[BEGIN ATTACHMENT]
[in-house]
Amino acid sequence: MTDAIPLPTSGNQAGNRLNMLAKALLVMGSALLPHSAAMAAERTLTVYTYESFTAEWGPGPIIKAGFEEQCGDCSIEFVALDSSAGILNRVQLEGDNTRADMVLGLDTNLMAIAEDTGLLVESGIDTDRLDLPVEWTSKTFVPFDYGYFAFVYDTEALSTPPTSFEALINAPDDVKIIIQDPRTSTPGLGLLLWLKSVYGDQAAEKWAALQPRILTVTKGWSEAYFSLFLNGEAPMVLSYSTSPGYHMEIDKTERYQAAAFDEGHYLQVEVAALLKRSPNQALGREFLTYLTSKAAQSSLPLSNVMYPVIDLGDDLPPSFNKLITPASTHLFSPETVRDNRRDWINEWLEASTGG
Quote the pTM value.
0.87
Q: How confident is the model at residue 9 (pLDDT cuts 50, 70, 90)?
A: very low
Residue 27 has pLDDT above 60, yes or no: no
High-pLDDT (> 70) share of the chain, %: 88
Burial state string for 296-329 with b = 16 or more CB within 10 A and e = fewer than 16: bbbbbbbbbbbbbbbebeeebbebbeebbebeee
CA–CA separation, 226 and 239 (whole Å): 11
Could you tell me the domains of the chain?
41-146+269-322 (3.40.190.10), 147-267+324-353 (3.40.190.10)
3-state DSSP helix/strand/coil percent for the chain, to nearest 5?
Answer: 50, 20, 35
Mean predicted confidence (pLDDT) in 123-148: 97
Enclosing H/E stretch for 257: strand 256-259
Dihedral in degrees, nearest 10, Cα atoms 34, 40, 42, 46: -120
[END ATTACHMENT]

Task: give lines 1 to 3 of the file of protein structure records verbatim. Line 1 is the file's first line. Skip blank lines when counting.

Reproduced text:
[in-house]
Amino acid sequence: MTDAIPLPTSGNQAGNRLNMLAKALLVMGSALLPHSAAMAAERTLTVYTYESFTAEWGPGPIIKAGFEEQCGDCSIEFVALDSSAGILNRVQLEGDNTRADMVLGLDTNLMAIAEDTGLLVESGIDTDRLDLPVEWTSKTFVPFDYGYFAFVYDTEALSTPPTSFEALINAPDDVKIIIQDPRTSTPGLGLLLWLKSVYGDQAAEKWAALQPRILTVTKGWSEAYFSLFLNGEAPMVLSYSTSPGYHMEIDKTERYQAAAFDEGHYLQVEVAALLKRSPNQALGREFLTYLTSKAAQSSLPLSNVMYPVIDLGDDLPPSFNKLITPASTHLFSPETVRDNRRDWINEWLEASTGG
Quote the pTM value.